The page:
So obviously it’s a pretty interesting day and to be honest, my day doesn’t really get going usually until 12:01 in the afternoon. I stopped doing basically personal training at the crack of dawn a while ago and it’s one of the best decisions I’ve ever made because I know that I’m burning the candle on both ends if I tried to train athletes at 6:00 AM and 7:00 PM. So it just doesn’t work out. Where I’m lucky is that in addition to training, I have two other revenue streams obviously with the product sales, also with writing. I do a fair amount of online consulting with people everywhere from Singapore to Great Britain to Australia, all around the US and Canada. So that’s a nice little revenue stream. It’s something that I can do on my own time.

So I spend a lot more of my time with program designs, consulting work, writing early on in the day and I come in and I will be working on my athletes all during the afternoon.

Kaiser Serajuddin: All right. That’s good. That sounds real cool. Now you started out as a personal trainer. That’s what you said, right?

Eric Cressey: Yes. I guess to a degree. I mean I think like we all do. While I was at grad school, my grad assistant [0:04:43] [Indiscernible] the Department of Kinesiology at UConn and my GA was basically a research-funded GA by the US Army where I was involved in basically training of study subjects. And alongside that, I was helping out in varsity strength conditioning at UConn and also taking classes and all that but with all that said, it’s still pretty tough to make ends meet as a grad student.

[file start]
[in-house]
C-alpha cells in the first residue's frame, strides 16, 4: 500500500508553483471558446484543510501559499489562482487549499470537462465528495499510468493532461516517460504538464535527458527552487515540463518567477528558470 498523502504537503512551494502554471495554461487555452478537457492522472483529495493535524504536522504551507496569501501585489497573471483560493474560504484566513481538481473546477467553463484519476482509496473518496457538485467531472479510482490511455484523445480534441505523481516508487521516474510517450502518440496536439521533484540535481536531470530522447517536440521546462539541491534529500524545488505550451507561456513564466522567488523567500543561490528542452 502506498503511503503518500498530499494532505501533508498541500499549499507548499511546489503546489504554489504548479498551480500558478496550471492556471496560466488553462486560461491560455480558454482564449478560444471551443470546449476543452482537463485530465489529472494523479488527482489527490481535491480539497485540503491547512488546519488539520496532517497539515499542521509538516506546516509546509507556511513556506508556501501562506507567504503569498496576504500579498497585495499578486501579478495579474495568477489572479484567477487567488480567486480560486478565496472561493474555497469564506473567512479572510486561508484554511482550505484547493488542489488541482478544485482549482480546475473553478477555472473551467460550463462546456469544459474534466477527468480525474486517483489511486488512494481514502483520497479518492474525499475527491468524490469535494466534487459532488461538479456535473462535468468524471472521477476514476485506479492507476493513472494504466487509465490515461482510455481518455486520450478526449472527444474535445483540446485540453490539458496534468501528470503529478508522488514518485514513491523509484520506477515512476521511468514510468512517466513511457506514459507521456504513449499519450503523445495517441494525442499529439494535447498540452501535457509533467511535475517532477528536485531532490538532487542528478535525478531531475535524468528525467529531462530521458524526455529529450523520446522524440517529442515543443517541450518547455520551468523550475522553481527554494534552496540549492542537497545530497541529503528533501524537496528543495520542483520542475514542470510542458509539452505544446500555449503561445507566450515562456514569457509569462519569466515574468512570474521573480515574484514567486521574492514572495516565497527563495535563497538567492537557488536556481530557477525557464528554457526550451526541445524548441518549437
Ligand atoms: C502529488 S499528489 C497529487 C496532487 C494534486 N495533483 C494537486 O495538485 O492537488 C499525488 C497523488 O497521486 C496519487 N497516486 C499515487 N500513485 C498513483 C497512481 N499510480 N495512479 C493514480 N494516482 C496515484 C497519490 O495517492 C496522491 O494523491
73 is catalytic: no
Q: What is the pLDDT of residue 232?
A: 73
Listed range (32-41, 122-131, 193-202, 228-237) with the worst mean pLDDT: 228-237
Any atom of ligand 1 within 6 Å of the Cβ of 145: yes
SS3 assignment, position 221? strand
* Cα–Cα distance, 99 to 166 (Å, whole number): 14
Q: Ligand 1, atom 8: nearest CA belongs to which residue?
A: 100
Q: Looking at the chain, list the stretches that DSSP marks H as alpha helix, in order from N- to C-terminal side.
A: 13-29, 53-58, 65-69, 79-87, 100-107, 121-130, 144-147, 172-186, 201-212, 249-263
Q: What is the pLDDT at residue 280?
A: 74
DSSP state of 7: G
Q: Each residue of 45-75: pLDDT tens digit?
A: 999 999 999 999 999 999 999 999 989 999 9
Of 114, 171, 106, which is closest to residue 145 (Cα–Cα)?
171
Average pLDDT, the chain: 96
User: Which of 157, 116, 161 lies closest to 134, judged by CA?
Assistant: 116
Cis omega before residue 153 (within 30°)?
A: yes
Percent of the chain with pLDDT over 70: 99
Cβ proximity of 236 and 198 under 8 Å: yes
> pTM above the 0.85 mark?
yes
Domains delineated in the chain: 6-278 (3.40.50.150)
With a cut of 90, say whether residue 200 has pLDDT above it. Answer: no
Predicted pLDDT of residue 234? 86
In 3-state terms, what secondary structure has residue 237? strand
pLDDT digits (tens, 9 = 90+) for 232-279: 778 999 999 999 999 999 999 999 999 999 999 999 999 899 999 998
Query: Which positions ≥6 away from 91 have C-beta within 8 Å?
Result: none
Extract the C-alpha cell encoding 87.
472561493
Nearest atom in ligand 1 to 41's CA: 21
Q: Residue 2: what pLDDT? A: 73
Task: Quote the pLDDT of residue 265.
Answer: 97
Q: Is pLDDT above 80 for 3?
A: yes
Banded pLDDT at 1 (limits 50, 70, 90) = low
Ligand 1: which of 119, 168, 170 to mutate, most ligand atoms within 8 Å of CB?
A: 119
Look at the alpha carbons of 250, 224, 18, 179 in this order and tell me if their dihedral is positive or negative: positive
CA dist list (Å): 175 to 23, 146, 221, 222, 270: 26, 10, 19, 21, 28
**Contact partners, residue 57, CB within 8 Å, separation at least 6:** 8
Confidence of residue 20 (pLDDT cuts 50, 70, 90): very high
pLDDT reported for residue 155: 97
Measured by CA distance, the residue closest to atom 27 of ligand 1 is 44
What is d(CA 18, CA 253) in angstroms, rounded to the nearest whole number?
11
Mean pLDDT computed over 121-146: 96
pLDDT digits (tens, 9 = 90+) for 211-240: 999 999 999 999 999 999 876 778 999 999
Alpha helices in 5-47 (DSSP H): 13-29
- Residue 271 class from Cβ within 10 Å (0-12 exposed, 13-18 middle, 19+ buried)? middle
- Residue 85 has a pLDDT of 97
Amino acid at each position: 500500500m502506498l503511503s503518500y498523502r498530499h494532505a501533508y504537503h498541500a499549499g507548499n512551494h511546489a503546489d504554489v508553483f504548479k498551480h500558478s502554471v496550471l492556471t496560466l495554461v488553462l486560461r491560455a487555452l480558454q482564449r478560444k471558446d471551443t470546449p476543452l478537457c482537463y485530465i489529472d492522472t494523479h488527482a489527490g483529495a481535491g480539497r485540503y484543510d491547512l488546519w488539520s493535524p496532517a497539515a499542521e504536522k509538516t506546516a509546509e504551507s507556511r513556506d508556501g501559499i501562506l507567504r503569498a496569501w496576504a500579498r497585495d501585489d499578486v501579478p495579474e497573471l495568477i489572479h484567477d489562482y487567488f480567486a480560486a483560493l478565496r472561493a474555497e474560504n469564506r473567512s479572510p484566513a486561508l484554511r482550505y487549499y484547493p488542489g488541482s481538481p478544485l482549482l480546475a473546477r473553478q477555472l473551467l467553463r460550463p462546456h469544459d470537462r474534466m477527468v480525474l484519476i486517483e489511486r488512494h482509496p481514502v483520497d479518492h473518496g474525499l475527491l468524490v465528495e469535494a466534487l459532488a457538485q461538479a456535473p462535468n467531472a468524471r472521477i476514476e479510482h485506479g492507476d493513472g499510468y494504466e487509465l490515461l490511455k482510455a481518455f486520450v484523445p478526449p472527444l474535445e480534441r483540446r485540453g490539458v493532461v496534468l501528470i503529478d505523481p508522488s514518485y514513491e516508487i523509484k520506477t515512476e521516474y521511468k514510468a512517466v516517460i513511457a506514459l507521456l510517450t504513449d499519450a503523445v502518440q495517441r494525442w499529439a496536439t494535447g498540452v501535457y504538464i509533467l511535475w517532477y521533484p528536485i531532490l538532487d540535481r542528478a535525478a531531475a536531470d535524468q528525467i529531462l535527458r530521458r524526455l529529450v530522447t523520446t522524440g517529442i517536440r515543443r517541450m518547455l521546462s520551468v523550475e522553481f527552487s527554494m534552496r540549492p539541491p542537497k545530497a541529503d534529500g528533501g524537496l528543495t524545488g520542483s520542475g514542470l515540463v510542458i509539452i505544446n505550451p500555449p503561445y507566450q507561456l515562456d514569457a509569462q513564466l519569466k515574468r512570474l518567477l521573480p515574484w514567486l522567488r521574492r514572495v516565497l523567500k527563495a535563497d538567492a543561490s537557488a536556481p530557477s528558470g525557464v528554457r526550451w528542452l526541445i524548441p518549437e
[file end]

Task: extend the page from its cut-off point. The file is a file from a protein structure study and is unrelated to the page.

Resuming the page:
So in order to pay my rent and to stay from getting too far out of debt, I was doing a little personal training on the side of our facility. Heck, I even bartended it at night while I was in grad school, believe it or not.

Kaiser Serajuddin: All right. Yes.

Eric Cressey: So I’ve definitely done it. It’s just not for me. I mean nowadays, I practically fall asleep if I trained somebody one on one because …

[Crosstalk]

Eric Cressey: Sorry?

Kaiser Serajuddin: No, no. Yes, go on. I was just saying I agree with you. I see what you mean.

Eric Cressey: No, I think it’s the direction that the industry is going is simply to – that the semiprivate is taking off more and more and for us, it’s great. I mean my days fly by and I have a blast. I think you talked to Tony or Brian who are the other two trainers that work out of our facility. We coach our butts off. We work hard and things are more concentrated.